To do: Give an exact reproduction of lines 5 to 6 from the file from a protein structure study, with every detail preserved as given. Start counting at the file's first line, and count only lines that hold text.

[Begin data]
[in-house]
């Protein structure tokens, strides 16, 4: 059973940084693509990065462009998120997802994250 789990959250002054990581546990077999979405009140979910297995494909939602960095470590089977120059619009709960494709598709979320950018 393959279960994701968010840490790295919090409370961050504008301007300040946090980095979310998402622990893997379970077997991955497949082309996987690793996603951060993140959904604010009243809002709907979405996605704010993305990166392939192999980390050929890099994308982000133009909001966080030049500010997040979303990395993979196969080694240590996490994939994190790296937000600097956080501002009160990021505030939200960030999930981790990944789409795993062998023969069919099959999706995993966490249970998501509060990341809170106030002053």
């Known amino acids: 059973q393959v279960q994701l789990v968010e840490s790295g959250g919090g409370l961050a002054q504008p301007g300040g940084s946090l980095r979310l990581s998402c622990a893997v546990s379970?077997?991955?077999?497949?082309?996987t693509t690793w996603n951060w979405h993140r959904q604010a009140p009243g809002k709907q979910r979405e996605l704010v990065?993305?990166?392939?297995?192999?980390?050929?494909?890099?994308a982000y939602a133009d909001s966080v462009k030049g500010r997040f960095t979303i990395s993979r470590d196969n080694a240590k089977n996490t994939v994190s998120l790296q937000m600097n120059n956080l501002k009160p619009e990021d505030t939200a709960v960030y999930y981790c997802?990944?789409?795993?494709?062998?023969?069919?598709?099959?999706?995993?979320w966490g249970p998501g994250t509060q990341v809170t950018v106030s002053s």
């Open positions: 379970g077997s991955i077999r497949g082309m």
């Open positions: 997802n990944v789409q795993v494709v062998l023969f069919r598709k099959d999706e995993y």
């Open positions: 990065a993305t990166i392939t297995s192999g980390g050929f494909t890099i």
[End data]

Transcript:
């Open positions: 997802n990944v789409q795993v494709v062998l023969f069919r598709k099959d999706e995993y």
């Open positions: 990065a993305t990166i392939t297995s192999g980390g050929f494909t890099i």